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Virginia governor-elect chooses education secretary as first cabinet pick

Maryland native Aimee Rogstad Guidera moved to Virginia with her husband in 1995.

RICHMOND, Va. — Virginia Gov.-elect Glenn Youngkin announced the first member of his cabinet Monday, selecting Aimee Rogstad Guidera to serve as the next Secretary of Education for the Commonwealth.

Guidera is currently the President of Guidera Strategy and is the former founder and chief executive of the Data Quality Campaign. Before that, she served as the director of the Washington, D.C., office of the National Center for Education Achievement. She is a Maryland native who moved to Virginia with her husband in 1995.

"Because of the national spotlight that was on Virginia, we saw people put their hand up all over the country, and Aimee is an extraordinary leader when it comes to understanding excellence in education," Youngkin said in an interview with WUSA9. "She believes in charter schools, which is a big part of our agenda, she understands what it means to support our entire education system so that our children can be career ready and college ready ... And she's gonna be a great advocate for Virginia's kids."

The governor-elect added that he believes Guidera stands united with him in his belief that parents "deserve to have a voice" in the education of their children, reiterating his promise to remove politics from school. 

"What all Virginians are going to see is a prioritization of parents in our education philosophy, and how we translate that into serving kids," Youngkin said. "[Guidera] really does believe, just like I do, that we can, in fact, have a curriculum that prepares our children, to actually take advantage of the Virginia promise. We're gonna get politics out of the classroom and put education back in."

Guidera wasn't available for an interview after Monday's announcement but WUSA9 was able to learn more about her career and focus.

“We are unabashed advocates for the use of data to really empower individuals to have to information that they deserve, so they can make the best decisions possible in the service of student learning,” she said at an appearance at this education conference in 2015.

That point even led the Virginia Education Secretary appointee to start a nonprofit under this thought -- data improves student achievement.

According to that nonprofit, the Data Quality Campaign, that data includes information on attendance, grades, teacher retention, graduation outcomes and what happens after graduation. It can help not only craft policy, but direct resources.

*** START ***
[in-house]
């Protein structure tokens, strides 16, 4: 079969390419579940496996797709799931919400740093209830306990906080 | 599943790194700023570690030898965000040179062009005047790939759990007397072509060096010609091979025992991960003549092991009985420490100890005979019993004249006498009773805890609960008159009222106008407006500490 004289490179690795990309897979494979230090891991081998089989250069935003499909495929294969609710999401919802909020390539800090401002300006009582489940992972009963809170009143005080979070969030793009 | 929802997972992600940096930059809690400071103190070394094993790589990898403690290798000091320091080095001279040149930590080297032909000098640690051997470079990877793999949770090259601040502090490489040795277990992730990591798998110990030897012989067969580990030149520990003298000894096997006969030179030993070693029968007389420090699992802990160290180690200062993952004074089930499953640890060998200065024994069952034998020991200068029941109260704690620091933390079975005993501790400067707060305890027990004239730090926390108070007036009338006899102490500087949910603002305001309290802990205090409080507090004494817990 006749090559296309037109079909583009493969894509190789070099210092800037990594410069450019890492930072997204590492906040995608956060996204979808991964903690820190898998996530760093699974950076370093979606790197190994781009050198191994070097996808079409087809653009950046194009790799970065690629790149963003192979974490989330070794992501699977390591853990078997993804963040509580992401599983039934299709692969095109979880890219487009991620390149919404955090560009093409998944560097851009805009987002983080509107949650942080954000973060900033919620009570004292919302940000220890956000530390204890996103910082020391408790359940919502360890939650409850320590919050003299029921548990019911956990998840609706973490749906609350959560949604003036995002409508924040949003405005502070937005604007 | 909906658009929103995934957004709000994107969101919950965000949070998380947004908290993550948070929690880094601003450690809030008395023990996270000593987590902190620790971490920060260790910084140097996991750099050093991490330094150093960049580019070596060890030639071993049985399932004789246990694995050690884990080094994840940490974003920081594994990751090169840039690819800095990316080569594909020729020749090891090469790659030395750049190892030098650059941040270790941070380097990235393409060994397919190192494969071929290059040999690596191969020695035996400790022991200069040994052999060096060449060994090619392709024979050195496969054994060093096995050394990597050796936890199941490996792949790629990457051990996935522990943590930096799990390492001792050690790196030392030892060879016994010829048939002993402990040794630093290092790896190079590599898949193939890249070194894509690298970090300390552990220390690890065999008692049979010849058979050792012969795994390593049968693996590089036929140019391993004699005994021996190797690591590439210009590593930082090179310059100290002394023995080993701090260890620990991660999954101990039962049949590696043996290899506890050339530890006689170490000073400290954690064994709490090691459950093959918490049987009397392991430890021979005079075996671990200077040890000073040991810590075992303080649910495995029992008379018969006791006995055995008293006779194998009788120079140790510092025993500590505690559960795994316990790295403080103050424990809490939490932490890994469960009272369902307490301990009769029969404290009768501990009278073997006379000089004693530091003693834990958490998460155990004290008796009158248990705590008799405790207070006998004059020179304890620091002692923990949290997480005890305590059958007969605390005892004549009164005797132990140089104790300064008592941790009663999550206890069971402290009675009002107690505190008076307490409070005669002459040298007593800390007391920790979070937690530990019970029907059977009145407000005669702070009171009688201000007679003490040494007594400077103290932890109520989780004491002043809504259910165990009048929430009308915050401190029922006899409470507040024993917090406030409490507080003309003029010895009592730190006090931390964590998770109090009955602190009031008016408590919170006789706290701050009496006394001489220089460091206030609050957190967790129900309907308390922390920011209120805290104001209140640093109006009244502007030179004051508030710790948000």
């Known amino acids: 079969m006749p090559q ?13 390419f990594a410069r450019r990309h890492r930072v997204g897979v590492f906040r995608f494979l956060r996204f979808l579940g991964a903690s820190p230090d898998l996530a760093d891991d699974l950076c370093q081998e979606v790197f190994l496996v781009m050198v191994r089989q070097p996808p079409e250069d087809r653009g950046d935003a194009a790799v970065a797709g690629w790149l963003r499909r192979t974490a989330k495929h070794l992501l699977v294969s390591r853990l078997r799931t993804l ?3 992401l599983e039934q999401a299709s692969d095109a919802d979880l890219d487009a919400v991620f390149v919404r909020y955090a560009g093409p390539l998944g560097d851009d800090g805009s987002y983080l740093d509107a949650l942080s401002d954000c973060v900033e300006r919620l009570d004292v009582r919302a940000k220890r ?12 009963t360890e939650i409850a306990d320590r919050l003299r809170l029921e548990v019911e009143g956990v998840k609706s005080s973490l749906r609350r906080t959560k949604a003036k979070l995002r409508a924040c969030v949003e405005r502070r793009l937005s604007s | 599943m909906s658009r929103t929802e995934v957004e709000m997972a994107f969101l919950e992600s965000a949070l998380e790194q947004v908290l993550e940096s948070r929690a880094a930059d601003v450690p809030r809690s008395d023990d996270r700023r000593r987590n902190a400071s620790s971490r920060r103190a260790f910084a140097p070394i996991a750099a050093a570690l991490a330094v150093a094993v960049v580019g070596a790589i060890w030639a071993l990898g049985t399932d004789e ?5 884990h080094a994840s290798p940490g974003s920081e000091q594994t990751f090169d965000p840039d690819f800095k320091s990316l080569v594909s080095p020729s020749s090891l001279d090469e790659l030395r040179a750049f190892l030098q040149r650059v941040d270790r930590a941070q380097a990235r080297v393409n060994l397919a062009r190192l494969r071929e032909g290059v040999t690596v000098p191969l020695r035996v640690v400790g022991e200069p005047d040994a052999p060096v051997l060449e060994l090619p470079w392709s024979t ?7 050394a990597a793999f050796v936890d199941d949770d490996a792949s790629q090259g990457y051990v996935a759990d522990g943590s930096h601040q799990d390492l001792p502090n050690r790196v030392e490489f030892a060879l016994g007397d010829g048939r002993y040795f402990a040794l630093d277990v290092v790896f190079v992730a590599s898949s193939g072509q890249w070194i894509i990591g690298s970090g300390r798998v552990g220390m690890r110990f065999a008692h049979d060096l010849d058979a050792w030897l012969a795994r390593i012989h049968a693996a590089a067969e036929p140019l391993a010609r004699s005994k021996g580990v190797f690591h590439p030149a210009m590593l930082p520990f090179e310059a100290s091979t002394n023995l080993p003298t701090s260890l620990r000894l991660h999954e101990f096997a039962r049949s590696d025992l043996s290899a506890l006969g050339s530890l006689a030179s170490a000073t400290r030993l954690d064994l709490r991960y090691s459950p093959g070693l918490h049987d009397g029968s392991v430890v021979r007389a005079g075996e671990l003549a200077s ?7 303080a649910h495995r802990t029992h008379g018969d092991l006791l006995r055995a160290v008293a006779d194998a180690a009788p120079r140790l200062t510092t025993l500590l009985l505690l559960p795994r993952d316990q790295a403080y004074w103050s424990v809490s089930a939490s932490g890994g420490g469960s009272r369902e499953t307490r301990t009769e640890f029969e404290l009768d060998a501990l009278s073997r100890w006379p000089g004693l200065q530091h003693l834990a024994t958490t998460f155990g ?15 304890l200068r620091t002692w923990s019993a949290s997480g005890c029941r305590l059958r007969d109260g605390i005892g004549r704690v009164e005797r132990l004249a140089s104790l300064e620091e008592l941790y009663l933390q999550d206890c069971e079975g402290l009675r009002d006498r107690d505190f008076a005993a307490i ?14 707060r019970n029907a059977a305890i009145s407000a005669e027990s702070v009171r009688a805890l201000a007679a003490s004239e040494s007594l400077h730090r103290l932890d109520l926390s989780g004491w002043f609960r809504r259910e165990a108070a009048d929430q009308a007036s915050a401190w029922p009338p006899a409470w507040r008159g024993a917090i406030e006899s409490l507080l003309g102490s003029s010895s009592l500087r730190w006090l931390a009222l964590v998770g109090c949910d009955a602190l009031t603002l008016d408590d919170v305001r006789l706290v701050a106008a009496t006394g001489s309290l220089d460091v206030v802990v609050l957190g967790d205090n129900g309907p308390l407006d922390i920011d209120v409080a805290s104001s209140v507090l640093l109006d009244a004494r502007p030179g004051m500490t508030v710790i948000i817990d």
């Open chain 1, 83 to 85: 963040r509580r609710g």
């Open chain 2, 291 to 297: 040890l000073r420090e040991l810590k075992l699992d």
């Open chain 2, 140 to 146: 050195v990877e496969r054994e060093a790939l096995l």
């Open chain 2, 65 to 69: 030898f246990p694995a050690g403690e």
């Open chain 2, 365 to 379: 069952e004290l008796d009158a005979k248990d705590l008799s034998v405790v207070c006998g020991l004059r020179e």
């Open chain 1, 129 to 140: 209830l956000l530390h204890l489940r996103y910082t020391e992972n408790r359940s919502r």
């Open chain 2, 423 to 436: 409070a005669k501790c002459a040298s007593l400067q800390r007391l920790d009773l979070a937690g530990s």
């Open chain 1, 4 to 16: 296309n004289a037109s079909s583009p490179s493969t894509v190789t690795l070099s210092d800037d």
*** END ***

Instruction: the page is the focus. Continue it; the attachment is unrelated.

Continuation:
“When data is used effectively, it is changing conversations, it's changing decision making, it's changing actions and ultimately, it's changing outcomes and results,” Guidera said.

Virginia PTA President Pamela Croom said she's excited about Guidera's appointment because student data is one of her priorities.

“So that parents are able to understand how the budget works, how it impacts their schools and their facilities… …when it comes in regards to how are students are actually educated," Croom said. 

During his campaign, Youngkin's stance on critical race theory made national headlines. Monday, he double down on his past promises to ban CRT from schools, calling it "not a course, but a political philosophy." 

“So, we're gonna pull it out and we're gonna teach all history to make sure that Virginia’s kids understand where we've come from," he said. "But we're also gonna make sure that our children aren't being told to view everything through a lens of race."

We don't yet know what Guidera will say on the divisive topic. But to find out what kind of leader she'll be, we went to the woman who took over her post as CEO of her nonprofit, Jennifer Bell-Ellwanger.

“I found an organization that was led by a strong board, in terrific financial and organizational health, staffed by a really smart team, so if that's an indication, we're very excited,” Bell-Ellwanger said.

Education was a big part of Youngkin's election platform. During a thank you rally in Loudoun County last month, Youngkin thanked supporters for "standing up for children" and called himself the education governor.

"We are going to reestablish high expectations in our schools, we are going to fund in the highest education budget raising salaries, investing in facilities, funding special education, and we are going to launch charter schools so fast that Virginian’s heads are going to spin," Youngkin said.

Youngkin also alluded that more cabinet announcements would be made before the holidays. 

"We're going to have a great cabinet, and a great senior leadership team," Youngkin said. "I've built a lot of management teams in my career, this is the most important one."

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